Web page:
Children are falling through the digital cracks
by The Columbus Ledger-Enquirer
January 09, 2013 12:00 AM | 1576 views | 0 0 comments | 4 4 recommendations | email to a friend | print
Five years ago, the Georgia Division of Family and Children Services could compile electronic records of child abuse reports only within each of its regional offices around the state. In 2008, the state spent $50 million to install a new statewide tracking and data-sharing system for DFACS.

But any system is only as effective as the people using it. And according to a just-published state review, about three-quarters of child abuse reports are being entered late, and almost one-third of them five or more days late.

The Department of Audits & Accounts reported last week that although there are more than 3,500 laptops available for DFACS workers to file reports into the statewide database, in the year that ended in June 2011 more than 46,000 reports were not filed into the system on the day they were received.

Morris News Service noted that the number of late reports could actually be higher, because there’s no safeguard against workers backdating them. (People here no doubt recall the arrests last year of two DFACS supervisors in the Columbus office on charges of manipulating or destroying reports.)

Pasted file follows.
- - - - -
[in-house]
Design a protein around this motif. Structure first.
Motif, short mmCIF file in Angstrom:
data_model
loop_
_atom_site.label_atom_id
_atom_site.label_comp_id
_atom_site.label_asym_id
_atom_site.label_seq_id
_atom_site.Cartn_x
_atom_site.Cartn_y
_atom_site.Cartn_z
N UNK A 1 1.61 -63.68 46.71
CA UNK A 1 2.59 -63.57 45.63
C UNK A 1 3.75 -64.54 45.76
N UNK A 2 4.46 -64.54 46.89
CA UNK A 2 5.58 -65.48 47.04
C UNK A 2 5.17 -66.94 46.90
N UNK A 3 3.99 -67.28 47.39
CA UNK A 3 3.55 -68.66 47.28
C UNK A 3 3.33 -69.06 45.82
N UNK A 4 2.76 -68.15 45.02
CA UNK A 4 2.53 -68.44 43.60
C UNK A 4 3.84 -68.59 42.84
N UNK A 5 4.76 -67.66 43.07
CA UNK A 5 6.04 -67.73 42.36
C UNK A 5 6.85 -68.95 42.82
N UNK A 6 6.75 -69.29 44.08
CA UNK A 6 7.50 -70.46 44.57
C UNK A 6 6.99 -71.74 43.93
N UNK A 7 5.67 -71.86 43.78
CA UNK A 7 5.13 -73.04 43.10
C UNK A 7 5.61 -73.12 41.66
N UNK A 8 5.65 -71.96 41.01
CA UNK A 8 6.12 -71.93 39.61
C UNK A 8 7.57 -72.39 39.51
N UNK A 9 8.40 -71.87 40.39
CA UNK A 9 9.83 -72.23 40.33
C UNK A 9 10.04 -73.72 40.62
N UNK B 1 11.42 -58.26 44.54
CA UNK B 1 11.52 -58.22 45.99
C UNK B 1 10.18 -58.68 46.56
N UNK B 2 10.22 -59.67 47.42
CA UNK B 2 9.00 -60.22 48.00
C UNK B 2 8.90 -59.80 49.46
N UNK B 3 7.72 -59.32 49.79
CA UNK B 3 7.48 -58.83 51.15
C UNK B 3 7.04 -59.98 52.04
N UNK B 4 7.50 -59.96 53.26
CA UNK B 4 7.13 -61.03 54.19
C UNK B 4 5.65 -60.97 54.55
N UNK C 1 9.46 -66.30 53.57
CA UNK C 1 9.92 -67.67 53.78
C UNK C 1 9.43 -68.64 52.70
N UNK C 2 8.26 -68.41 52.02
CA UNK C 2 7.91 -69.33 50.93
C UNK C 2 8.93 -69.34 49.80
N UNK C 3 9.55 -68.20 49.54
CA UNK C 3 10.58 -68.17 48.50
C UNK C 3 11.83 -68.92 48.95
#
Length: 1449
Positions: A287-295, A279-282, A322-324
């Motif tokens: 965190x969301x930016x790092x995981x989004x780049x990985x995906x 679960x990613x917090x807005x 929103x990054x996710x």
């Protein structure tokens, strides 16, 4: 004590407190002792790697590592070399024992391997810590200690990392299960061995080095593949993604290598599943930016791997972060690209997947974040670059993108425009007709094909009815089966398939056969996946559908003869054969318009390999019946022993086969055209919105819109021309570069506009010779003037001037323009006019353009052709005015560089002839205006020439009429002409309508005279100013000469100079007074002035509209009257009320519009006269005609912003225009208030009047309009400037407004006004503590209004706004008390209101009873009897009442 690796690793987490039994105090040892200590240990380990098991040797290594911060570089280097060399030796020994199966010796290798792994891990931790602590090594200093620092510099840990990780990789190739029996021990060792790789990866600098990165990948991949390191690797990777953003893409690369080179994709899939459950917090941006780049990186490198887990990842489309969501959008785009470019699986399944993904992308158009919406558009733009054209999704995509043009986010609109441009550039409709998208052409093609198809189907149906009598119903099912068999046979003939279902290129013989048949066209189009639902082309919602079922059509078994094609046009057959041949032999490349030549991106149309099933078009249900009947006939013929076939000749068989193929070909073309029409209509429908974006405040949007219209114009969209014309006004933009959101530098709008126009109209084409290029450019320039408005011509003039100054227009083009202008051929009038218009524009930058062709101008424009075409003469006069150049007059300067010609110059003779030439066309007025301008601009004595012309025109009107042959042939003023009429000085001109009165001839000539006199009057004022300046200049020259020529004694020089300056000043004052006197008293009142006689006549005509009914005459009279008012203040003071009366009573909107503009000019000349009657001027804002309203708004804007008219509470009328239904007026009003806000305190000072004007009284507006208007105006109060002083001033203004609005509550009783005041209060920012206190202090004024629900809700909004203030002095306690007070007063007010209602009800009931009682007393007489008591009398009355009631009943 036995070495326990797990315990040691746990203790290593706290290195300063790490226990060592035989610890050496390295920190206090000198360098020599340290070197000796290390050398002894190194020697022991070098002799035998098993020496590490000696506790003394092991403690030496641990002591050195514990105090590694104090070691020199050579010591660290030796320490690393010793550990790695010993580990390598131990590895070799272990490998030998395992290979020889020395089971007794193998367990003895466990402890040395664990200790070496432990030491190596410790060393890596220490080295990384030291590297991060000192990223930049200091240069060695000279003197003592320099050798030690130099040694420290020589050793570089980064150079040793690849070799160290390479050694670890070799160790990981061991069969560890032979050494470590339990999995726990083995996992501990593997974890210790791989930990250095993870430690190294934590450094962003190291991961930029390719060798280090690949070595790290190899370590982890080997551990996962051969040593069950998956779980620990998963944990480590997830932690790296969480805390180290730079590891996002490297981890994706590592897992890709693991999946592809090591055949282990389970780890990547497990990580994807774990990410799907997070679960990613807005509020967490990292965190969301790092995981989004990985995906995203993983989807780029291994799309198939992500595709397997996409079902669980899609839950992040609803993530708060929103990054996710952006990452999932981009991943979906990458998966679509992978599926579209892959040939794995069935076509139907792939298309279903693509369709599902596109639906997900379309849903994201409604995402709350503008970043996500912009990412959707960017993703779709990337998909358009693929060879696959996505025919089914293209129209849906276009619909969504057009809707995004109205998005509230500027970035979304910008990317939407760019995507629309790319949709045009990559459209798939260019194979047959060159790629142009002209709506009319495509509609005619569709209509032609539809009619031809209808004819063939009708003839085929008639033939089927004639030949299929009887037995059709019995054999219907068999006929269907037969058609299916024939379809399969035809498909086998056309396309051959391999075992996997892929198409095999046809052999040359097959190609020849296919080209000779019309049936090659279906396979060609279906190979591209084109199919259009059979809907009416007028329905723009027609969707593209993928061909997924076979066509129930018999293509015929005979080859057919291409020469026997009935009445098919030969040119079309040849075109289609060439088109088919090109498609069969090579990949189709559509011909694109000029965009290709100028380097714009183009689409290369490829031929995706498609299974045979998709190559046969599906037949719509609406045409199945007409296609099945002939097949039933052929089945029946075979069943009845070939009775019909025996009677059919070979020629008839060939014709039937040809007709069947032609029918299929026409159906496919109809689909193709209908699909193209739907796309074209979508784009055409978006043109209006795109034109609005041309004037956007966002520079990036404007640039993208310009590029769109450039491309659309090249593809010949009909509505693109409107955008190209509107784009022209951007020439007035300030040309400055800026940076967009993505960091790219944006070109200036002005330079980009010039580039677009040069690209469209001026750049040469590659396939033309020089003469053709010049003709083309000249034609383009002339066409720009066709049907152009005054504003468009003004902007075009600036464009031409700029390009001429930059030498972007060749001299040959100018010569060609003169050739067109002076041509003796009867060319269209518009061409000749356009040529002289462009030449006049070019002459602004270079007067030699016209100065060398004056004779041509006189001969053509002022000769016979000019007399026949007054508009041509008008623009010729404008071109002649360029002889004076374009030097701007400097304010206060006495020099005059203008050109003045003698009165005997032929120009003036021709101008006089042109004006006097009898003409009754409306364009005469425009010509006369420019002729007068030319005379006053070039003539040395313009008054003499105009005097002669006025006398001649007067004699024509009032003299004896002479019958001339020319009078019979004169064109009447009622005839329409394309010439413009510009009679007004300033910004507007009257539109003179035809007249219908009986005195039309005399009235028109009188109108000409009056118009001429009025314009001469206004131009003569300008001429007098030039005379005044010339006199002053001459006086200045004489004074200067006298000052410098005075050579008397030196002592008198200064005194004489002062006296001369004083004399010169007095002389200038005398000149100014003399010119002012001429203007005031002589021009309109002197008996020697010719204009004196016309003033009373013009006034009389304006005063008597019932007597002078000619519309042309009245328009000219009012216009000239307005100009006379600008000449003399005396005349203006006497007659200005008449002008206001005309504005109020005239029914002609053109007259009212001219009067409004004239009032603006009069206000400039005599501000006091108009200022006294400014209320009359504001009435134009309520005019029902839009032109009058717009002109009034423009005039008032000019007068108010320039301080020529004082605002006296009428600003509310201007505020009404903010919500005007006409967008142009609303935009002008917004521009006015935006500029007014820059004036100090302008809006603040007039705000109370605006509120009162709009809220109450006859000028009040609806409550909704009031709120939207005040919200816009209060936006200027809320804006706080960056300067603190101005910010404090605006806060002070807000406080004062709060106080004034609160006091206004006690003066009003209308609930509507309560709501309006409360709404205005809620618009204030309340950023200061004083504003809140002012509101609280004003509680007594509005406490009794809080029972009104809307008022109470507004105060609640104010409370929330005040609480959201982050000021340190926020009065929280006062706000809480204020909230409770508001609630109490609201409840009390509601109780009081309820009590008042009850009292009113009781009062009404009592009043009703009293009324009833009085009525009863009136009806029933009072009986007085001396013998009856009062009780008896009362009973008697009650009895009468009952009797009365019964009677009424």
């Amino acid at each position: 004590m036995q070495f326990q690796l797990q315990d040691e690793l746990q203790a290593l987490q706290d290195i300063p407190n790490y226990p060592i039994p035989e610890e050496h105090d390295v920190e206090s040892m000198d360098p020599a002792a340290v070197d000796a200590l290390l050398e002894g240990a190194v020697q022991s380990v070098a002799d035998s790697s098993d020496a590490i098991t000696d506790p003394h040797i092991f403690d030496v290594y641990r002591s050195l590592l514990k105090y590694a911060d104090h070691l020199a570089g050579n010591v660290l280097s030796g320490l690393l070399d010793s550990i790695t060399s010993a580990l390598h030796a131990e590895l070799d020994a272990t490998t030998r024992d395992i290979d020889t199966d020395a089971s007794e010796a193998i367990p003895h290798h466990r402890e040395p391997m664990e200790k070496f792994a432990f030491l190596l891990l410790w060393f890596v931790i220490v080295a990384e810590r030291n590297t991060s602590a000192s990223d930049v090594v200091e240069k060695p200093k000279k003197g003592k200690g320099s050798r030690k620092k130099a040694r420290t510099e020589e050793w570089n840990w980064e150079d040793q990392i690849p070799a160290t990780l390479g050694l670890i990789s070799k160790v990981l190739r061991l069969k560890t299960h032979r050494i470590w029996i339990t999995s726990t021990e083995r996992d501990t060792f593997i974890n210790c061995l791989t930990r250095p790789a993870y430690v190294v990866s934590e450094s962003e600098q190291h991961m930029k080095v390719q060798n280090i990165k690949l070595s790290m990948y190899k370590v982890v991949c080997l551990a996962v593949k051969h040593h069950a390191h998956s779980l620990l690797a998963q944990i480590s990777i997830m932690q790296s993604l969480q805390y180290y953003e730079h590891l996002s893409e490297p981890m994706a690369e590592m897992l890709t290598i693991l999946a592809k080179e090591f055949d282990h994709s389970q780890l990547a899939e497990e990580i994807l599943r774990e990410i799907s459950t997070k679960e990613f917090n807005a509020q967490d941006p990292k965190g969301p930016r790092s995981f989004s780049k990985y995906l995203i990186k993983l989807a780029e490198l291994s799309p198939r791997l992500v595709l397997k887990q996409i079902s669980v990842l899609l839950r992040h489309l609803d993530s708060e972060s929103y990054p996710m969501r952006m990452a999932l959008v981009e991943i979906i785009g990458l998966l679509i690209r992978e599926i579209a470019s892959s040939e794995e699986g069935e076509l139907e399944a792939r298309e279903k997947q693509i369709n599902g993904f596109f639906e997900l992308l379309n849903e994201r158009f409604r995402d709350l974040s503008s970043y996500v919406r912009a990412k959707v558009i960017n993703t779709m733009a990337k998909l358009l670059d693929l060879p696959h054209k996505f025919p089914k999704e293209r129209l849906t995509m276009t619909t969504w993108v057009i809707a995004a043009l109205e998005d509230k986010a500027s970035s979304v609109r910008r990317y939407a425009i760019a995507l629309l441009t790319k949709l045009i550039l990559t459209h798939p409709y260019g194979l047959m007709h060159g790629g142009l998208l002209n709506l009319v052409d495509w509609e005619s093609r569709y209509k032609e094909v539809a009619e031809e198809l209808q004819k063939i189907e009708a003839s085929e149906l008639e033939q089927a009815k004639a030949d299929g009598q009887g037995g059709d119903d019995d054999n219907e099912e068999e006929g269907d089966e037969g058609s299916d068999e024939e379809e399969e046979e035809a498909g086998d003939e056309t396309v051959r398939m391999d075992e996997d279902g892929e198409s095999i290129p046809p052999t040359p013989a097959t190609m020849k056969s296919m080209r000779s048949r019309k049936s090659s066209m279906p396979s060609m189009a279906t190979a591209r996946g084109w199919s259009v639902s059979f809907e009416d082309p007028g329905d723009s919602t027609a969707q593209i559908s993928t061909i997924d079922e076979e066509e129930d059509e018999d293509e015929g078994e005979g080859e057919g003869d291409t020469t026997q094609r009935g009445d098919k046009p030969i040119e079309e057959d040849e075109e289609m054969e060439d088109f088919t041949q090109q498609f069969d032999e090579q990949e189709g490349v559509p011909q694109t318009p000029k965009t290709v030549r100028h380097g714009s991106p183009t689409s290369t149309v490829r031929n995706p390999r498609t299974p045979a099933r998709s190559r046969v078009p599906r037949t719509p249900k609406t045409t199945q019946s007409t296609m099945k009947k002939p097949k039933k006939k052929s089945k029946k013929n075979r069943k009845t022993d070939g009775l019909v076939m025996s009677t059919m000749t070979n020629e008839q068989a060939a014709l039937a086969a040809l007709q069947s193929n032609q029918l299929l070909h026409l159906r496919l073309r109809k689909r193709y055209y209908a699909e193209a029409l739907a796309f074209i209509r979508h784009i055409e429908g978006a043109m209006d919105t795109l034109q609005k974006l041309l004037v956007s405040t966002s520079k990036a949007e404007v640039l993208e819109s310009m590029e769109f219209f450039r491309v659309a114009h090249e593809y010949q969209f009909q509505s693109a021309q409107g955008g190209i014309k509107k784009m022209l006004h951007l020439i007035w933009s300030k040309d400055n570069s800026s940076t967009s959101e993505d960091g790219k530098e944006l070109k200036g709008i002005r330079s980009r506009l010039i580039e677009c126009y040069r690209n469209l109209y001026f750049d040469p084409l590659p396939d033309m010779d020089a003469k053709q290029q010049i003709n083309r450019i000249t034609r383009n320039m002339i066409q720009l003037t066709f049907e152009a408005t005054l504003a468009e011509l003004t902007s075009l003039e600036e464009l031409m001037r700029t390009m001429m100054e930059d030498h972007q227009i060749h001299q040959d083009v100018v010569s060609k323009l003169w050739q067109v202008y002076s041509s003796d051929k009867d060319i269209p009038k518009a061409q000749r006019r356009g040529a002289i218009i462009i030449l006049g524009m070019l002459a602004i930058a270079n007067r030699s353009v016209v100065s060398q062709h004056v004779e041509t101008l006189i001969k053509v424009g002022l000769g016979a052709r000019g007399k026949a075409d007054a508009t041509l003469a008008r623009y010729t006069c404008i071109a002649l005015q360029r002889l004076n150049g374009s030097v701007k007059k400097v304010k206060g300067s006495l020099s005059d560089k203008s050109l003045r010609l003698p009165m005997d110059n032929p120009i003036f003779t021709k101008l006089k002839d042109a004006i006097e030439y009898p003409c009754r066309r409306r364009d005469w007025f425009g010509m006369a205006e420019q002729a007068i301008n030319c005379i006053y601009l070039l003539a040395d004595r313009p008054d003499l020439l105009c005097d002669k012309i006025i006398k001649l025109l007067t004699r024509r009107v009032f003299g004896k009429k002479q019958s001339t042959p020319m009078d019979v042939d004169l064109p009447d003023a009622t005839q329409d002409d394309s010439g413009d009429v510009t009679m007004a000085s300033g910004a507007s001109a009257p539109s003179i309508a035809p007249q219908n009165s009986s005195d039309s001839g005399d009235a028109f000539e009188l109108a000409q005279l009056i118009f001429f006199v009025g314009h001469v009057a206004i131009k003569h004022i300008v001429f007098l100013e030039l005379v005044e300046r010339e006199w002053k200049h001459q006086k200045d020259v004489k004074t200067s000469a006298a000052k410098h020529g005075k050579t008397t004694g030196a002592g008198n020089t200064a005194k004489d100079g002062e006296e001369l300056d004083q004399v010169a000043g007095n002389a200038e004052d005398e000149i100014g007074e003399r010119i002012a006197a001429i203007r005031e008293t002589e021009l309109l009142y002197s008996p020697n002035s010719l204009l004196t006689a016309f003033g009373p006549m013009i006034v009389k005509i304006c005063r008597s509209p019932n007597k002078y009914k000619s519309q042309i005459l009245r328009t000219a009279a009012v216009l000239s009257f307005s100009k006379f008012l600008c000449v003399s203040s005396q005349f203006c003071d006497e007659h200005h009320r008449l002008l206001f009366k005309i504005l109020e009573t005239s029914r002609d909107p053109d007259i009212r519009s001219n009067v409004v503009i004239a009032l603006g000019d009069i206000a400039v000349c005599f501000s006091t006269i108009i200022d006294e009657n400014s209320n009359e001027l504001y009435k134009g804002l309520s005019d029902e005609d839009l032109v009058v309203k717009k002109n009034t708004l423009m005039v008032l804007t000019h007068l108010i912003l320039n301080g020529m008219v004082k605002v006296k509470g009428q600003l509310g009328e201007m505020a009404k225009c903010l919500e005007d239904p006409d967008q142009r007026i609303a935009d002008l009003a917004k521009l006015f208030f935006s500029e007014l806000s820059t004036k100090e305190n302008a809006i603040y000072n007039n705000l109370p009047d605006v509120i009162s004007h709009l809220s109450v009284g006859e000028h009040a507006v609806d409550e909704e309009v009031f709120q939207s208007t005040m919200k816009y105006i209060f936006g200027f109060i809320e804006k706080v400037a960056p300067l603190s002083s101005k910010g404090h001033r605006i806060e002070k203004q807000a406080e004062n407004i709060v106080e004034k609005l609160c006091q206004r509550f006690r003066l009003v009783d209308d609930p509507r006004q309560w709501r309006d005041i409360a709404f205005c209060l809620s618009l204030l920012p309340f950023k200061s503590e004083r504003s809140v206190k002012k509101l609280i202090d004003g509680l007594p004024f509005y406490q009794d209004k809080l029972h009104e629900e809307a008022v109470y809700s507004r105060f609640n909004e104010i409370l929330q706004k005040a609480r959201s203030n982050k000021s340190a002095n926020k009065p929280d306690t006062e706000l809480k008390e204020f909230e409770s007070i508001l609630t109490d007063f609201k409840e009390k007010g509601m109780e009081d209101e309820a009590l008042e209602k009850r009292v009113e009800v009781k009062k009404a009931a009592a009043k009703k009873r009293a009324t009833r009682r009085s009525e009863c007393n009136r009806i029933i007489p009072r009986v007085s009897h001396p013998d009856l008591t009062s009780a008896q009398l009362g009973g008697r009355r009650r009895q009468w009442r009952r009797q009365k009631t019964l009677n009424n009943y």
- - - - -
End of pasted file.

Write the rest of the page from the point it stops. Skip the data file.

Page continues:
We’re talking about some big numbers that represent a lot of at-risk Georgia children.

The report notes that late and/or inaccurate reporting could jeopardize federal funding for child services in Georgia. More to the point, it jeopardizes child safety.

Some of the problem reportedly rests not with the case workers — whose nigh-unmanageable case loads have been a matter of record — but with a critical limitation on the technology: The social workers’ laptops and tablets don’t automatically connect to the Internet. So a worker responding to a report has to go somewhere with Web access to file it.

If the more immediate need is to ensure the safety of a child, the report has to wait. “Therefore, if we receive a phone call indicating a child is unsafe, we would opt to make the home visit as soon as possible, even if that means the report would be entered later,” a spokeswoman for the Department of Human Services told Morris.

But that doesn’t come close to explaining why 31 percent of the reports still weren’t entered into the system five or more days after they were received. That’s a dangerously long time for an abused, neglected or otherwise at-risk child to have to wait for help. If case workers had access to air cards or smart phones they could file reports immediately, from anywhere. But the system already costs $14 million a year to operate, and Georgia’s budget will again be tight.

Technology aside, there clearly needs to be better internal oversight to ensure reports are filed in a timely fashion. If the first priority is the safety of the child, getting that child’s name and circumstances into the system as soon as possible is critical.
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